January 24, 2024 6 Comments on My Grey Ultrasuede Version of the Cowgirl Skirt
by Molly Hamilton
When we picked the 243 Rodeo Cowgirl Skirt sewing pattern to feature this month, we got excited about the possibilities. All the different yokes, hem treatments, fabrics, embellishments to choose from! It was almost overwhelming. We had a great time making a Pinterest board of inspiration, and narrowed down some possibilities in this blog post. Esi made a beautiful skirt with some lovely floral silk and Western flair hem applique.
I went a slightly different direction with my skirt. There was a version I saw where the almost one-toned leather skirt laced on the side and had a slightly darker very small yoke. I remembered I had a nice length of grey Ultrasuede that I thought would make a great Western-style skirt. I loved the way the fabric moved and the texture it had. I decided to make View B of the pattern. View B has a skirt that is cut a little bit shorter and has a flounce sewn to the bottom of the skirt. The flounce was a good fit for this fabric because of how well it moves. And I wanted it to lace with long laces on the side.
The Ultrasuede had a little bit of stretch to it, so I decided to cut a size smaller than I normally would. I fall between the Small and Medium in Folkwear's grade rule, so I decided to cut a Small for this pattern. I really didn't want a skirt that ended up being too big because of the stretch. The front and back skirt facings help stabilize any stretch also.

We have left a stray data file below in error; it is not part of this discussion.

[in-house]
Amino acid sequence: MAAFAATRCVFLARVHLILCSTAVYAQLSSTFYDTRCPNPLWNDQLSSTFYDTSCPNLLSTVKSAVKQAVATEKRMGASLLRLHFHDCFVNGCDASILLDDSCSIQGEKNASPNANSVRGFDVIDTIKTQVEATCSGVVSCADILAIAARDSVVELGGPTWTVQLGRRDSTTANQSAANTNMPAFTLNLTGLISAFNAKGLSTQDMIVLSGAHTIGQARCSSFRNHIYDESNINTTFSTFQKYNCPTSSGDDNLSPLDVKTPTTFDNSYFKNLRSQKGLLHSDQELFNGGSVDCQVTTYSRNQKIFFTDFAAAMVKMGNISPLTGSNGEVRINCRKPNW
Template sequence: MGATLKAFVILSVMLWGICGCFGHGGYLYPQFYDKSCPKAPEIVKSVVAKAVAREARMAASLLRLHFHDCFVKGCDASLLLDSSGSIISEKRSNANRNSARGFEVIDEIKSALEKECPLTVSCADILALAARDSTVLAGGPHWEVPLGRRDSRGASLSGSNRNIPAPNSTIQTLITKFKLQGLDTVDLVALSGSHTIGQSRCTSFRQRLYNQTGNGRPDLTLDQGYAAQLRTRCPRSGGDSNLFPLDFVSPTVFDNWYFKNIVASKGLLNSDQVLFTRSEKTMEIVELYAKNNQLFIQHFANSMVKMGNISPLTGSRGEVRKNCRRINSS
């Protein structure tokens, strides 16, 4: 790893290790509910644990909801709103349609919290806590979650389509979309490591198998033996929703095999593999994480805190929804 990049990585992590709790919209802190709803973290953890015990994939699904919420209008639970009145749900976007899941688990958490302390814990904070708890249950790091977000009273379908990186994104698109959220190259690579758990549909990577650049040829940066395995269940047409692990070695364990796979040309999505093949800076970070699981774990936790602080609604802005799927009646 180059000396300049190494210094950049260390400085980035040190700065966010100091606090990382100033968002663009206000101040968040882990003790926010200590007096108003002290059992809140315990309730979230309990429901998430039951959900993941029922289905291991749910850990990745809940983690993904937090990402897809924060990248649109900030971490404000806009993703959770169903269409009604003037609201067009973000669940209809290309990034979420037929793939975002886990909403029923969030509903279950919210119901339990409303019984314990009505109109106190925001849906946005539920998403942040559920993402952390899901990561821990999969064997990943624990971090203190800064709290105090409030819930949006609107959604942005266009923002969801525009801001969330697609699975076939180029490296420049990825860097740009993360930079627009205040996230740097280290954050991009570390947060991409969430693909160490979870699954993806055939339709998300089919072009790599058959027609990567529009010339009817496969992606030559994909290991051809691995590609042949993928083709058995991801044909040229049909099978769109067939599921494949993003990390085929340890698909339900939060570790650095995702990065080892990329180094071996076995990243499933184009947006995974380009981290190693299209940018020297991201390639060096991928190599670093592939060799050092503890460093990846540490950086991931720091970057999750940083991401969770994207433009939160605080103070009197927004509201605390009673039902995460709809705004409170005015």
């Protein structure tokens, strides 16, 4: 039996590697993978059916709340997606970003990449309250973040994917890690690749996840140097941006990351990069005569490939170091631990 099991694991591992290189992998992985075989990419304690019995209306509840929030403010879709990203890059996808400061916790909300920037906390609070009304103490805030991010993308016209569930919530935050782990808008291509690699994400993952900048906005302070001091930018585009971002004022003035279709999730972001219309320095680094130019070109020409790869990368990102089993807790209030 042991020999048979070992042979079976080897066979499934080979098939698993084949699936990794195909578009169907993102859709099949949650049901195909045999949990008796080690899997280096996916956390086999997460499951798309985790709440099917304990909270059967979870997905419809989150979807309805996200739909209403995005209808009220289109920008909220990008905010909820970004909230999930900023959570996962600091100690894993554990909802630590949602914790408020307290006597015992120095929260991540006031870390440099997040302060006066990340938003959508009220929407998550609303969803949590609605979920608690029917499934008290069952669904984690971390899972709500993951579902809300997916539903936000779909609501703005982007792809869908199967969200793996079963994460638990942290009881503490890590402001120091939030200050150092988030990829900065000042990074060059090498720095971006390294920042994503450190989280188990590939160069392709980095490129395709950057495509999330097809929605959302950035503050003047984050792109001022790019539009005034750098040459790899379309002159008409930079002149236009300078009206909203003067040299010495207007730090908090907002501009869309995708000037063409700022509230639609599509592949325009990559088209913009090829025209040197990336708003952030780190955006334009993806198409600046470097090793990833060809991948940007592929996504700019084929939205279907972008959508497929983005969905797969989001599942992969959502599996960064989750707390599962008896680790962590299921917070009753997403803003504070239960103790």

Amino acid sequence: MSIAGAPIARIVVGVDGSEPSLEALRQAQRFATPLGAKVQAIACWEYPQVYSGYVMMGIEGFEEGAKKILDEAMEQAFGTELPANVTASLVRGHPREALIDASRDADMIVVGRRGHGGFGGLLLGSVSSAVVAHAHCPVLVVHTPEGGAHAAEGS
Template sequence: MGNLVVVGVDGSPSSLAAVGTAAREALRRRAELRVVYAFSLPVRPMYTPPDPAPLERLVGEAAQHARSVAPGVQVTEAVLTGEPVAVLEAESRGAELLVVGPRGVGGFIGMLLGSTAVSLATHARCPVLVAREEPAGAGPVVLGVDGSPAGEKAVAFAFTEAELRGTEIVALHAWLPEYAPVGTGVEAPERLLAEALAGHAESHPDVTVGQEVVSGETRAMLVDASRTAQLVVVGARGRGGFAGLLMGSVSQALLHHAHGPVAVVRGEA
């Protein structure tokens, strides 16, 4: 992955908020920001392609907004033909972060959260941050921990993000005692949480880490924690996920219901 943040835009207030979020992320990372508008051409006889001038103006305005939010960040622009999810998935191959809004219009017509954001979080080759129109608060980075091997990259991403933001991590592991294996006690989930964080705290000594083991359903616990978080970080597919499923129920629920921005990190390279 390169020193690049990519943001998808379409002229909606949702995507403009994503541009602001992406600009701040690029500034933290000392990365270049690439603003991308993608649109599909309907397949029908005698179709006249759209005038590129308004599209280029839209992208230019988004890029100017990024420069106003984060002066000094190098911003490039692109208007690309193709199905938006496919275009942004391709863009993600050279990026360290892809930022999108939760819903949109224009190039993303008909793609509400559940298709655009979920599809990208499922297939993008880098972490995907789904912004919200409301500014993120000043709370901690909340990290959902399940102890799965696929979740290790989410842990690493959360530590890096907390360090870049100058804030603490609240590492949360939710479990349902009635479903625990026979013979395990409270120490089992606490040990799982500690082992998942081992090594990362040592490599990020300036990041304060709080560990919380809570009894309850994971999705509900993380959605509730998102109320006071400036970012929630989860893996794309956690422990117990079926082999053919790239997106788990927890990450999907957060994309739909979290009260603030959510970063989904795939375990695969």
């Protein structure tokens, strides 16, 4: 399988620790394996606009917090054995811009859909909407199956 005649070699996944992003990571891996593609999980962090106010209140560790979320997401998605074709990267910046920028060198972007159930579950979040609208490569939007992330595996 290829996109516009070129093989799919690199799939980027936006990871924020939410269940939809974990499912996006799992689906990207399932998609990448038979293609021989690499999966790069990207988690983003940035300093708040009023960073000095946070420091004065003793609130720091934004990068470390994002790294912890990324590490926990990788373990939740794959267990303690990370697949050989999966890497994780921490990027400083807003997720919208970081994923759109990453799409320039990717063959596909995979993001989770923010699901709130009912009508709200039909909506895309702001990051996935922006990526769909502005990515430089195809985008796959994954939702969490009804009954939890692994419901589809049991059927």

I also moved the back plackets to the left side of the skirt. These plackets are for the laced closing, but I wanted mine to be on the side. This meant that I treated the left side of the skirt as if it were the back in the instructions for the placket and laces. I sewed the back up with one seam instead of putting in any closures. I was a little worried that having the placket and lace on the left side of the skirt would interfere with the pockets, but it really did not. I just had to be careful of not catching the pocket/front yoke in the stitching when I stitched down the plackets. Of course, you can make this skirt with a zip closure (as Esi did and shows you how in her post).
Here you can see the placket I sewed onto the skirt on the left side of the front (it will be on the wearer's left, but here it is on the right side of the skirt piece).
For the front yoke pockets, I wanted my yoke to be one smooth arch, instead of scalloped as the pattern shows. I traced the pattern, used a curved ruler to make a new cutting line, and then had a new pattern piece to use.
Original front pocket yoke with scalloped edges traced on paper.
Here you can see where I connect the two peaks of the scallop with the curved ruler.
You can see the new line drawn with the hip curve ruler. This will be my new pattern piece.
I topstitched all the seams. On the side seams, I pressed the seams to one side and stitched (like a faux flat felled seam), and for the center seams at front and back, I pressed the seams open and topstitched on each side of the seam. I pressed the seams toward the skirt at the flounces and topstitched there. I trimmed the seam allowances for all seams. Since this fabric is a little thicker than a similar cotton or silk, I wanted to reduce bulk where I could. I also used a longer stitch length than normal when topstitching.
Close up of the topstitching at center front and at the flounces.